On this day in 1462, “old” St Paul’s Cathedral (*) received a new spire, its old one having been destroyed by a fire in 1444. The new spire was in turn destroyed by a fire following a lightning strike almost exactly 100 years later, in 1561.
“Old” St Paul’s was built in the Norman, or Romanesque, to Early Gothic styles in the years after 1087 by the Bishop, Maurice and his successors; rebuilt and extended in the Gothic style in 1221-1240, and in the “New Work” of 1269-1332; renovated in the Renaissance style by Inigo Jones in 1633-1641, and again by Wren, after the Civil War, during which it had been occupied by Parliamentary troops and horses, in 1660; and burnt down in the Great Fire of 1666. There is a model of Old St Paul’s in the Museum of London. It was clearly an impressive building, measuring some 600’ in length, and rising to a height of between 460-520’ (estimates vary), inclusive of the spire. As John Denham wrote in 1624: “That sacred pile, so vast, so high/That whether ‘tis a part of earth or sky/Uncertain seems, and may be thought a proud/Aspiring mountain or descending cloud … ”.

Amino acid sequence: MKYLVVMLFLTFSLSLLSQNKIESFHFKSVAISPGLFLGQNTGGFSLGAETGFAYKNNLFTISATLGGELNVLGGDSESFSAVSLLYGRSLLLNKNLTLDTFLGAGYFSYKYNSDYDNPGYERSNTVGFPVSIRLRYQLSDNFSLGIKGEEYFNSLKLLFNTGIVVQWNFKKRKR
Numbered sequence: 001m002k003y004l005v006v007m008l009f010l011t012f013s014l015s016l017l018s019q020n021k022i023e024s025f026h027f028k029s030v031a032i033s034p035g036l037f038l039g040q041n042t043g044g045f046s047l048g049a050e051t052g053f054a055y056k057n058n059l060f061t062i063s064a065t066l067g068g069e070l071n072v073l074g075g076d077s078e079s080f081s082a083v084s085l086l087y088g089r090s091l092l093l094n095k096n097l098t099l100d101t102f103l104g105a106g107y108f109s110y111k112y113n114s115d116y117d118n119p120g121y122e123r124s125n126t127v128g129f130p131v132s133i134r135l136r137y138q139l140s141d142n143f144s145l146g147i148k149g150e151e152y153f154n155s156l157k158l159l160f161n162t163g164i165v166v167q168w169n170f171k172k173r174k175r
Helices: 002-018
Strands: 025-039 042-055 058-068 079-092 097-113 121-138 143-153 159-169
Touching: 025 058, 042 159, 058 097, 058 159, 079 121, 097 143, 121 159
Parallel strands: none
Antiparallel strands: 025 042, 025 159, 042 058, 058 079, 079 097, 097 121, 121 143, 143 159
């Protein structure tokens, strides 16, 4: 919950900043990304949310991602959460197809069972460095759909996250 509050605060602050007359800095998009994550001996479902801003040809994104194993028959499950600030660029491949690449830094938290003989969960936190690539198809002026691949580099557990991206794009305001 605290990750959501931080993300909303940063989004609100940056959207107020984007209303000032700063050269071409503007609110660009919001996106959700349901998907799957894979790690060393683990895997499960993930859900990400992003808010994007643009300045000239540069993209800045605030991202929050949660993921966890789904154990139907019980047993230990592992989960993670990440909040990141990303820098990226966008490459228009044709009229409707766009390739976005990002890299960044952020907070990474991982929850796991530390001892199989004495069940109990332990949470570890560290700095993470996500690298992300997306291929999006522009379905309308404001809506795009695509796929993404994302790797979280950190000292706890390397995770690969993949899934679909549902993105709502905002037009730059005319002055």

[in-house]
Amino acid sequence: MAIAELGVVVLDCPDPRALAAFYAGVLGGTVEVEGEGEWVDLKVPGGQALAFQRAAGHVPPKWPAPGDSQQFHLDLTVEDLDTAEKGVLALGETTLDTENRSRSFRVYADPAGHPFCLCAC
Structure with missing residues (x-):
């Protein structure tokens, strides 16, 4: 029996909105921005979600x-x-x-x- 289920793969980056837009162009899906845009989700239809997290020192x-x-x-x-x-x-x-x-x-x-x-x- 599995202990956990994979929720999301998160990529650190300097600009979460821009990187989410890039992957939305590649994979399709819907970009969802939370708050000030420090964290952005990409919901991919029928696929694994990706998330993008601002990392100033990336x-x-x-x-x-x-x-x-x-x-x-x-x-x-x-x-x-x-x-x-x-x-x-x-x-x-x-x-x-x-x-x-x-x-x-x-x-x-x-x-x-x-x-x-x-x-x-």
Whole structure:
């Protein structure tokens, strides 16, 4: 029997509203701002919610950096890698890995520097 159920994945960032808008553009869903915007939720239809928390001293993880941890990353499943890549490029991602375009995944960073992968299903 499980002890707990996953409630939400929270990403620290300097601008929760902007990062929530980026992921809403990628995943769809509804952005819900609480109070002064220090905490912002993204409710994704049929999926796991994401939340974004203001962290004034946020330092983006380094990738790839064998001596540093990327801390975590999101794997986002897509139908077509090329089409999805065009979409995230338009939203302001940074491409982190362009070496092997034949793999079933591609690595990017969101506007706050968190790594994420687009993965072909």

(*) The name is something of a misnomer, as by the time it was built, there had already been three cathedrals on the site, built in 604, 675 and 962.